How to Claim the Student Loan Interest Tax DeductionDecember 22, 2020
Student loan debt continues to burden millions of Americans, with the Federal Reserve reporting that outstanding student loans total more than $1.46 trillion.
One way to make this debt a little less overwhelming is to take advantage of the student loan interest tax deduction. While you can’t deduct your student loans on your taxes, you may be able to get a tax break for the student loan interest you paid during the year to help you maximize your tax return.
Do You Have to File Taxes For Student Loans?
Your student loans don’t have to be listed as income on your tax form. Because it’s a loan — and you’re expected to repay it — the IRS doesn’t consider it income.
Depending on the situation, you might have to pay taxes on a portion of money you receive for a scholarship, but student loans aren’t considered income.
Is Student Loan Interest Tax Deductible?
The interest you pay on your student loans might be tax-deductible if you meet certain conditions. Types of interest that qualify as tax-deductible interest include:
- Simple interest paid on your student loan.
- Capitalized interest that accrued while you were in school and then was added to your loan balance after graduation.
- Loan origination fees.
- Credit card interest if you’ve only used that card to pay for qualified expenses.
- Interest paid on consolidated and refinanced student loans.
Are Student Loan Payments Tax Deductible?
Actual student loan payments you make aren’t tax-deductible. Instead, the IRS only allows you to deduct interest payments you’ve made on your student loans.
What is the Federal Student Loan Interest Tax Deduction
The IRS may allow you to deduct up to $2,500 in interest you’ve paid on your student loans during the course of a year. If you’re eligible, you can take this deduction on interest paid on federal or private student loans. For information about applying this deduction to your taxes, speak with your tax advisor.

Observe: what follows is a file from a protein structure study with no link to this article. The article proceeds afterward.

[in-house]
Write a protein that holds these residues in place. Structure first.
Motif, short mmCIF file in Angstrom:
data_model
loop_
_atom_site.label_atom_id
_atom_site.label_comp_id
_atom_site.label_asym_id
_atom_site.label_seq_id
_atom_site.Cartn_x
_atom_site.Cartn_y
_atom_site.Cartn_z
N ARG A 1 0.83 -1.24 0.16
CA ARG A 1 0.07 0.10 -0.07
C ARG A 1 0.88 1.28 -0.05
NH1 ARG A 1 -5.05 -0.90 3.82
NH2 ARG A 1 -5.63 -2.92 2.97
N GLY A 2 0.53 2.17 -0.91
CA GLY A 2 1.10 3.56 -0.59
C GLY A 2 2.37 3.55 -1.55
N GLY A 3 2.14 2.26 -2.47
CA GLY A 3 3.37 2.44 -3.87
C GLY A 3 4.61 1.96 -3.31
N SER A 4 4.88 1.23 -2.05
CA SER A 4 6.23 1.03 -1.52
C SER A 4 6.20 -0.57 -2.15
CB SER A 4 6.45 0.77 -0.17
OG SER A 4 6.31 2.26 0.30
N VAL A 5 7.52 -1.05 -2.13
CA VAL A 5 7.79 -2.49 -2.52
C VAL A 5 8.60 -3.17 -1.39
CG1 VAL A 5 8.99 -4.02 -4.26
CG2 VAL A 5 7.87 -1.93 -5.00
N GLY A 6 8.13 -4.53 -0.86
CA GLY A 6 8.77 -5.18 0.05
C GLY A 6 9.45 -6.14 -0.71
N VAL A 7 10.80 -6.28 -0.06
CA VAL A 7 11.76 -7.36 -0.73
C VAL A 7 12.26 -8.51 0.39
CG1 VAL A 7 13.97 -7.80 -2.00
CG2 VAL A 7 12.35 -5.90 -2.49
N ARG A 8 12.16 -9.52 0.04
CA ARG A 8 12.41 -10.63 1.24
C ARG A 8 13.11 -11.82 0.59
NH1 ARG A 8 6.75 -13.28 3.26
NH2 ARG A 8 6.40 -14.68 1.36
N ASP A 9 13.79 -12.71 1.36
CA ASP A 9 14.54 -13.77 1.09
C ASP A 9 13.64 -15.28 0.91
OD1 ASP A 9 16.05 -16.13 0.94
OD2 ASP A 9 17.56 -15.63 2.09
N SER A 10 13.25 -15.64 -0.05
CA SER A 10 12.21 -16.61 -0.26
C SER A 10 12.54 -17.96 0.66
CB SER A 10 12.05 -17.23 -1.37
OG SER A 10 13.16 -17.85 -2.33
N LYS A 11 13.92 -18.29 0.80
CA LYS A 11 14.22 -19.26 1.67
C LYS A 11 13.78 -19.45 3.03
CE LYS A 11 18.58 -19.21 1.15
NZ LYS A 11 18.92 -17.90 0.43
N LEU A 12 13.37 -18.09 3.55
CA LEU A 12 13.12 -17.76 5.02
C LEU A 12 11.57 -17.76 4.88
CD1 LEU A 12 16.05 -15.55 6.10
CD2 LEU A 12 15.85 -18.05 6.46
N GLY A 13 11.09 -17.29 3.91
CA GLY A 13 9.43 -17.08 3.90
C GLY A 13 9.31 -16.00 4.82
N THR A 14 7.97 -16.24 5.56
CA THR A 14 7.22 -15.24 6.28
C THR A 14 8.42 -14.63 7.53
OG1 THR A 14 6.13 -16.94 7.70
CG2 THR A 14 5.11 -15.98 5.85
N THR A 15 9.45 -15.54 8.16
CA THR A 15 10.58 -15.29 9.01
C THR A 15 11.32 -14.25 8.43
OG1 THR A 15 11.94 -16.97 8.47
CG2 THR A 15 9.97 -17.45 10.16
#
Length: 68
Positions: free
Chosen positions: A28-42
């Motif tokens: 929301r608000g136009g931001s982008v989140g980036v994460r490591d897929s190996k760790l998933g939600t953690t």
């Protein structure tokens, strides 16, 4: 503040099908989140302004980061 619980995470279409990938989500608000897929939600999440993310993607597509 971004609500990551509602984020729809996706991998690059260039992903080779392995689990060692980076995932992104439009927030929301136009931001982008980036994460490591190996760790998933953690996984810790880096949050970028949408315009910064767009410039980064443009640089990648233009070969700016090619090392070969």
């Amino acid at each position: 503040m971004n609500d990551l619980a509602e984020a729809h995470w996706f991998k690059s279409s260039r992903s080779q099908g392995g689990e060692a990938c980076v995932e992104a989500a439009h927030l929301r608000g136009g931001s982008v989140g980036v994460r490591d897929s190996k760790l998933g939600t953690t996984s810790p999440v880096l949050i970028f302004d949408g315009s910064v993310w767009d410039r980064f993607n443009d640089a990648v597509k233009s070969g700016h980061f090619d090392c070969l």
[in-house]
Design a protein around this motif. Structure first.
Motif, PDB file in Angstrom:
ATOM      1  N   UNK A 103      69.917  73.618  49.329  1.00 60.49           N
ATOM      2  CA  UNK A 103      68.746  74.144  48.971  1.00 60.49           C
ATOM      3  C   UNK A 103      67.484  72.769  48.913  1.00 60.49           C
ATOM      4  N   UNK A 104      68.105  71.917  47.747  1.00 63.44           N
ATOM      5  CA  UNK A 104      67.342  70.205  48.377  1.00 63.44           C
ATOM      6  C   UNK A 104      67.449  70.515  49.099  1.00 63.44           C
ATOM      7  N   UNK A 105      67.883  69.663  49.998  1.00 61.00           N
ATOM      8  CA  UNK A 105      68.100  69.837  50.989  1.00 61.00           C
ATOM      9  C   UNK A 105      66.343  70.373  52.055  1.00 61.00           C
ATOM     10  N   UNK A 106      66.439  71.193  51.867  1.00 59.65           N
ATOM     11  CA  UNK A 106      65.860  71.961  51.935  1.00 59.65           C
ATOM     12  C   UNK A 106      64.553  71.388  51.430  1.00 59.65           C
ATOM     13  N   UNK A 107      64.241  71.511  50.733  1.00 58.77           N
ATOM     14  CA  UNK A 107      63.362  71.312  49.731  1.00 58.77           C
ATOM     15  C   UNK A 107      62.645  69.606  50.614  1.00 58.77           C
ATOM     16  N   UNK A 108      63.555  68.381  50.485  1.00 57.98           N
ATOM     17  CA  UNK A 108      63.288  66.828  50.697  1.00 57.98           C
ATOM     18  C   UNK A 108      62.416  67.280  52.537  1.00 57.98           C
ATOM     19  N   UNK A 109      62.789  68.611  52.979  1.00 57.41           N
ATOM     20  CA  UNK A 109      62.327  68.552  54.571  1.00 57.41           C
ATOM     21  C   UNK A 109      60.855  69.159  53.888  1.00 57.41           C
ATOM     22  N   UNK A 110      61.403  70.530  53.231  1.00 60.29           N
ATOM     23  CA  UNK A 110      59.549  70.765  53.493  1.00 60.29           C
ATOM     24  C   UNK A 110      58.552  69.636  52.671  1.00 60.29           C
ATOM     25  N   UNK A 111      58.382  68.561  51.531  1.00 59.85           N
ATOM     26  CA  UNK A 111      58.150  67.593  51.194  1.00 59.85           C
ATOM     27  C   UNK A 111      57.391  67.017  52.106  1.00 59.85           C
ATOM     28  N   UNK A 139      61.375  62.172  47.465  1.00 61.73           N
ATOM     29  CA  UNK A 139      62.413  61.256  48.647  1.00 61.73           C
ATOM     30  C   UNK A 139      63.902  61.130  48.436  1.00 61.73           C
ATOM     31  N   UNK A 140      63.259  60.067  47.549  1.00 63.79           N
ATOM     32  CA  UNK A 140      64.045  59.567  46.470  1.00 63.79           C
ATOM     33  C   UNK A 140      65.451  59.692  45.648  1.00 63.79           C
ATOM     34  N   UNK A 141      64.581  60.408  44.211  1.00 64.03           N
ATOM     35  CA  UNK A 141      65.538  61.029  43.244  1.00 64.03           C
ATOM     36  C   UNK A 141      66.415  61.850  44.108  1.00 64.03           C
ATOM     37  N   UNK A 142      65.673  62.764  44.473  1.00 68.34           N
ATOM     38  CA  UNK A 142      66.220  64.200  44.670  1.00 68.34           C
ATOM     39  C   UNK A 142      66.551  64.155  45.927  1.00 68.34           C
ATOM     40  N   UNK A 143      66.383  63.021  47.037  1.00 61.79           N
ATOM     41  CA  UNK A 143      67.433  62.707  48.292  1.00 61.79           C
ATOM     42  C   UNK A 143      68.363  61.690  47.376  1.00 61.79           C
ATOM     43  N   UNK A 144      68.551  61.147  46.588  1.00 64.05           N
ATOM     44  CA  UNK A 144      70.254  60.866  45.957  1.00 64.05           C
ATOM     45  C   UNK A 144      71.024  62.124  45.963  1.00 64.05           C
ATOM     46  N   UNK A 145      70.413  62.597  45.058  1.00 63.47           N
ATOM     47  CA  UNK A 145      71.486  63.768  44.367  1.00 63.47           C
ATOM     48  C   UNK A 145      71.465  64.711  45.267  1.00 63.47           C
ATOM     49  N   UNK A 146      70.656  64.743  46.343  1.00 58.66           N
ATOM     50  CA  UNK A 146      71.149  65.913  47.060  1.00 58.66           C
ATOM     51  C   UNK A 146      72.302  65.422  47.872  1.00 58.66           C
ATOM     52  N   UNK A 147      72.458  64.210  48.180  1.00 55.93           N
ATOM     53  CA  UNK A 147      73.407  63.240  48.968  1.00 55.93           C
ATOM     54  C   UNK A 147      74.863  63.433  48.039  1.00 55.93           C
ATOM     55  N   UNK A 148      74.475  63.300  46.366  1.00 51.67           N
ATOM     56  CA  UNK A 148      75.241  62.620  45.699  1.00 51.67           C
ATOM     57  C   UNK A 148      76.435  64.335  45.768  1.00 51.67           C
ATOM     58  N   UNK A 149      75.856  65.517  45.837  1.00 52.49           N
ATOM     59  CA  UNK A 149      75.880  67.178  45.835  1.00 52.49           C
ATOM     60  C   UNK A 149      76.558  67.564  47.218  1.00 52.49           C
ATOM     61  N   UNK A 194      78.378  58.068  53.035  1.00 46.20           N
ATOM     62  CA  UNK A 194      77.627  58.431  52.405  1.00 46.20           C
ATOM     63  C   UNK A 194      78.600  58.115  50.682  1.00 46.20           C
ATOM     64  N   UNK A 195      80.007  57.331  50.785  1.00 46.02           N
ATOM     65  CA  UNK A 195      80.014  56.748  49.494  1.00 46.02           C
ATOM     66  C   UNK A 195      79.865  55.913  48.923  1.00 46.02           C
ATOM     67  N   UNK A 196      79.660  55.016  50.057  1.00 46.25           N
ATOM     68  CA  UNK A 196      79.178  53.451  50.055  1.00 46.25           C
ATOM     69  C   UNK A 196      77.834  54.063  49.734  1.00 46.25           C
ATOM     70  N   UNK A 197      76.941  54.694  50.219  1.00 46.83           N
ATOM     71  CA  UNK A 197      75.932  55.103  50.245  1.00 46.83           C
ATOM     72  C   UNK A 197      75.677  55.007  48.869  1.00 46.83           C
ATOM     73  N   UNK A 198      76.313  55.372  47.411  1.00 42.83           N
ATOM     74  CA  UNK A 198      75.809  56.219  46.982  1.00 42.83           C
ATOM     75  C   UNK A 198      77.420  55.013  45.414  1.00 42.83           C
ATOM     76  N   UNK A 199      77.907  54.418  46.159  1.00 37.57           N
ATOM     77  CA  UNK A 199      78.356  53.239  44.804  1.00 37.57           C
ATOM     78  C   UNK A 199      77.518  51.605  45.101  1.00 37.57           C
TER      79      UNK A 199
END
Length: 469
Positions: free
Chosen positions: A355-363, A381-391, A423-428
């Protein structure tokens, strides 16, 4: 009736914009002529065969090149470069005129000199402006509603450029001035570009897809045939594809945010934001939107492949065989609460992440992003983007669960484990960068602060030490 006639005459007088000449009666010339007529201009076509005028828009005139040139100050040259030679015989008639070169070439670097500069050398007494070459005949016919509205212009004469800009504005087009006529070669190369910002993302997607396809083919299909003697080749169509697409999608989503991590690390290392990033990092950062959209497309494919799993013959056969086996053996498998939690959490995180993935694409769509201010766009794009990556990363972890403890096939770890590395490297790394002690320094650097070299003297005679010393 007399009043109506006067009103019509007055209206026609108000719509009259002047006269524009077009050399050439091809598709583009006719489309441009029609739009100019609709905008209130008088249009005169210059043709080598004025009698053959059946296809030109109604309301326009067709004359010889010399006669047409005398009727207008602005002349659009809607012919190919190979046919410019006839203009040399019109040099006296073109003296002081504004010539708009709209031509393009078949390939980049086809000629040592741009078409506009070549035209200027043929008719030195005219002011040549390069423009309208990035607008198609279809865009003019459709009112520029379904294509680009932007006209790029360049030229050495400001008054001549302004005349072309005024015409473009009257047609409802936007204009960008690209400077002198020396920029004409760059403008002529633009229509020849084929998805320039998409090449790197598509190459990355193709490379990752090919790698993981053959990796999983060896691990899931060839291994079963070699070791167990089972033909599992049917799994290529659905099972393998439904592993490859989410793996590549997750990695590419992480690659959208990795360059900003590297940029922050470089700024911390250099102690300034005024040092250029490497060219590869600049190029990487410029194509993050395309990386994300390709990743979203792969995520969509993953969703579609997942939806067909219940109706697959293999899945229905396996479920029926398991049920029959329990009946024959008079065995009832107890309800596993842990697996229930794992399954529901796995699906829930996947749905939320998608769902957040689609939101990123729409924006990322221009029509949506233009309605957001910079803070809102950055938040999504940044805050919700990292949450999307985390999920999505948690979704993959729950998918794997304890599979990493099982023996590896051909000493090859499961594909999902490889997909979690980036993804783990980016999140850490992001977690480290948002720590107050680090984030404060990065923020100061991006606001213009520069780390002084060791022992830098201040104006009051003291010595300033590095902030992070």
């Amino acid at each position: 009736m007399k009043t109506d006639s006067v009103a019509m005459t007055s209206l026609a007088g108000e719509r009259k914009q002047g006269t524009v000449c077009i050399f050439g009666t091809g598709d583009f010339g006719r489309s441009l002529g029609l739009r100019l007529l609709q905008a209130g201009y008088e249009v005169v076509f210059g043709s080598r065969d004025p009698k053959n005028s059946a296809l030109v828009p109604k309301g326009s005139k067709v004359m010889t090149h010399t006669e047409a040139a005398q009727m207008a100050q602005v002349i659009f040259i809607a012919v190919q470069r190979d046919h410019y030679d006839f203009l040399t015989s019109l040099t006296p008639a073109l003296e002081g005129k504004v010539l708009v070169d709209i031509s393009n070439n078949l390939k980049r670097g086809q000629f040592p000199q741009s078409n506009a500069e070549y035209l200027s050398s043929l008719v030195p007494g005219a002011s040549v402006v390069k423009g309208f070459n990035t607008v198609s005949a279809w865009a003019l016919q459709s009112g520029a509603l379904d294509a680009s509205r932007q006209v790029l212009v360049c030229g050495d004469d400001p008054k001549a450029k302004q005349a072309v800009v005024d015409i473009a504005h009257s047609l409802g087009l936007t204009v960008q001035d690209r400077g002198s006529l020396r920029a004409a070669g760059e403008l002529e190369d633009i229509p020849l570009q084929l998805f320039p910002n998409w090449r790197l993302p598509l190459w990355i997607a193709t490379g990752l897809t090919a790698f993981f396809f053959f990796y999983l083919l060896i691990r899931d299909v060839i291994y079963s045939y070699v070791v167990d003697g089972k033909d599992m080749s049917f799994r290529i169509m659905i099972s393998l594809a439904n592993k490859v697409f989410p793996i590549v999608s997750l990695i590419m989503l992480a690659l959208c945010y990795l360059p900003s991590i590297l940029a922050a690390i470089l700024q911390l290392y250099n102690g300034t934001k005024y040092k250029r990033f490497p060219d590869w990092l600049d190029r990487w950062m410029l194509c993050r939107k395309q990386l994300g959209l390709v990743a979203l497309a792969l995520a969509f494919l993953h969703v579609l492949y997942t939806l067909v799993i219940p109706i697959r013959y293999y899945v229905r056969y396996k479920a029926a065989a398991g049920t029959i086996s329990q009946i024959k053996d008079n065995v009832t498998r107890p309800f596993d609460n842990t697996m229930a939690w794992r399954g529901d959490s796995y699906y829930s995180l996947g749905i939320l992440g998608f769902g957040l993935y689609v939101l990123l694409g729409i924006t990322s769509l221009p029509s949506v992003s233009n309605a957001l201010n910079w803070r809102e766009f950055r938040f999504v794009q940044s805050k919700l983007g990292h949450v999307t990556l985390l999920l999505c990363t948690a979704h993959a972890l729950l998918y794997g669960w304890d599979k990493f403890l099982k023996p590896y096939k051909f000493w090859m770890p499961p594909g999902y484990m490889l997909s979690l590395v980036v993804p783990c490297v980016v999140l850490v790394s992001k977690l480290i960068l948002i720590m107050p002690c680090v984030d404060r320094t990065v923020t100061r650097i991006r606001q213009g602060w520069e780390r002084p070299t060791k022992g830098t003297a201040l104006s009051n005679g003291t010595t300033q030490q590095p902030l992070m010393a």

When you claim a tax deduction, it reduces your taxable income. It’s not the same thing as a dollar-for-dollar reduction in your tax bill, but by reducing your taxable income, you can see a smaller tax liability for the year.
How to Claim the Student Loan Interest Tax Deduction
The student loan interest tax deduction is what’s called an “above the line” deduction. With this type of deduction, you don’t need to itemize your deductions by filing a Schedule A form with your 1040. However, you still do need to file a Schedule 1, per the changes to the tax law passed in 2017.
In order to find out how much interest you paid during the year, pay attention to Form 1098-E. Each of your lenders will send you this form, and you can find how much interest you paid by looking at Box 1. Add the information to Schedule 1 after using the provided worksheet to figure your deduction, and you should be able to move forward.
Who Can Deduct Student Loan Interest?
You may be able to claim the student loan interest tax deduction if you meet one of the following conditions:
- You have taken the loan out for yourself.
- You’ve taken the loan out on behalf of your spouse.